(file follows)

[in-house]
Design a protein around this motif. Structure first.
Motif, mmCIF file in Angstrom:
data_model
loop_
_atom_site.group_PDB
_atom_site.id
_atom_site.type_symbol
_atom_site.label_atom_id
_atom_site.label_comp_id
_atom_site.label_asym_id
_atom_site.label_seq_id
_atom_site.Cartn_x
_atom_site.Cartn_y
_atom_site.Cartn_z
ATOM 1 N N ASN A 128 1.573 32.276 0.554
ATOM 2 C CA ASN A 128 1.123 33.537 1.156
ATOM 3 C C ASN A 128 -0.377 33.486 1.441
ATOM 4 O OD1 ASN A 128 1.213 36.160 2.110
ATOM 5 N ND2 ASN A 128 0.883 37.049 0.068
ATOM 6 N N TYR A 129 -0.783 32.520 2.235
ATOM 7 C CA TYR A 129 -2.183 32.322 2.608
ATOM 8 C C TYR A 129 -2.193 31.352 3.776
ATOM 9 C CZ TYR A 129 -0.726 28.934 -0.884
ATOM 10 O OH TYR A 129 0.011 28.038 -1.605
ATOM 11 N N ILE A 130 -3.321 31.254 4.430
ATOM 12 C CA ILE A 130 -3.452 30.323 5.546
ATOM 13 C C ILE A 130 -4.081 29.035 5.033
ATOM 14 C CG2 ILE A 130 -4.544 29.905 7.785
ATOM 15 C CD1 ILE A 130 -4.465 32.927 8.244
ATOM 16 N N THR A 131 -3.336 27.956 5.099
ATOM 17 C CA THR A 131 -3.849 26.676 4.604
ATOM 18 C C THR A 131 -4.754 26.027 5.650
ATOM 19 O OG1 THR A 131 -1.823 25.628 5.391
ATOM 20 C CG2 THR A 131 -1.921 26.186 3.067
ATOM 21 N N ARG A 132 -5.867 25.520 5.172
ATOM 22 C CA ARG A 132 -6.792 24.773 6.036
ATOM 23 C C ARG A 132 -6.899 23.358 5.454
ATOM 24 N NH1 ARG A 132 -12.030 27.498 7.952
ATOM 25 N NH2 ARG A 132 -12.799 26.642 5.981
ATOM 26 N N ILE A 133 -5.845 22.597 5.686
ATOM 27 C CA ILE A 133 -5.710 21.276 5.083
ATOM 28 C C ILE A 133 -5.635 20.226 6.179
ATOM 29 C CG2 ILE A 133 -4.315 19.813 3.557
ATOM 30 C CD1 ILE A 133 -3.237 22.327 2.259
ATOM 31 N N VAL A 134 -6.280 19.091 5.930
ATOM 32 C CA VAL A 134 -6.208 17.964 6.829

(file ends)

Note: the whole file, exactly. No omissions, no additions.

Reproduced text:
[in-house]
Design a protein around this motif. Structure first.
Motif, mmCIF file in Angstrom:
data_model
loop_
_atom_site.group_PDB
_atom_site.id
_atom_site.type_symbol
_atom_site.label_atom_id
_atom_site.label_comp_id
_atom_site.label_asym_id
_atom_site.label_seq_id
_atom_site.Cartn_x
_atom_site.Cartn_y
_atom_site.Cartn_z
ATOM 1 N N ASN A 128 1.573 32.276 0.554
ATOM 2 C CA ASN A 128 1.123 33.537 1.156
ATOM 3 C C ASN A 128 -0.377 33.486 1.441
ATOM 4 O OD1 ASN A 128 1.213 36.160 2.110
ATOM 5 N ND2 ASN A 128 0.883 37.049 0.068
ATOM 6 N N TYR A 129 -0.783 32.520 2.235
ATOM 7 C CA TYR A 129 -2.183 32.322 2.608
ATOM 8 C C TYR A 129 -2.193 31.352 3.776
ATOM 9 C CZ TYR A 129 -0.726 28.934 -0.884
ATOM 10 O OH TYR A 129 0.011 28.038 -1.605
ATOM 11 N N ILE A 130 -3.321 31.254 4.430
ATOM 12 C CA ILE A 130 -3.452 30.323 5.546
ATOM 13 C C ILE A 130 -4.081 29.035 5.033
ATOM 14 C CG2 ILE A 130 -4.544 29.905 7.785
ATOM 15 C CD1 ILE A 130 -4.465 32.927 8.244
ATOM 16 N N THR A 131 -3.336 27.956 5.099
ATOM 17 C CA THR A 131 -3.849 26.676 4.604
ATOM 18 C C THR A 131 -4.754 26.027 5.650
ATOM 19 O OG1 THR A 131 -1.823 25.628 5.391
ATOM 20 C CG2 THR A 131 -1.921 26.186 3.067
ATOM 21 N N ARG A 132 -5.867 25.520 5.172
ATOM 22 C CA ARG A 132 -6.792 24.773 6.036
ATOM 23 C C ARG A 132 -6.899 23.358 5.454
ATOM 24 N NH1 ARG A 132 -12.030 27.498 7.952
ATOM 25 N NH2 ARG A 132 -12.799 26.642 5.981
ATOM 26 N N ILE A 133 -5.845 22.597 5.686
ATOM 27 C CA ILE A 133 -5.710 21.276 5.083
ATOM 28 C C ILE A 133 -5.635 20.226 6.179
ATOM 29 C CG2 ILE A 133 -4.315 19.813 3.557
ATOM 30 C CD1 ILE A 133 -3.237 22.327 2.259
ATOM 31 N N VAL A 134 -6.280 19.091 5.930
ATOM 32 C CA VAL A 134 -6.208 17.964 6.829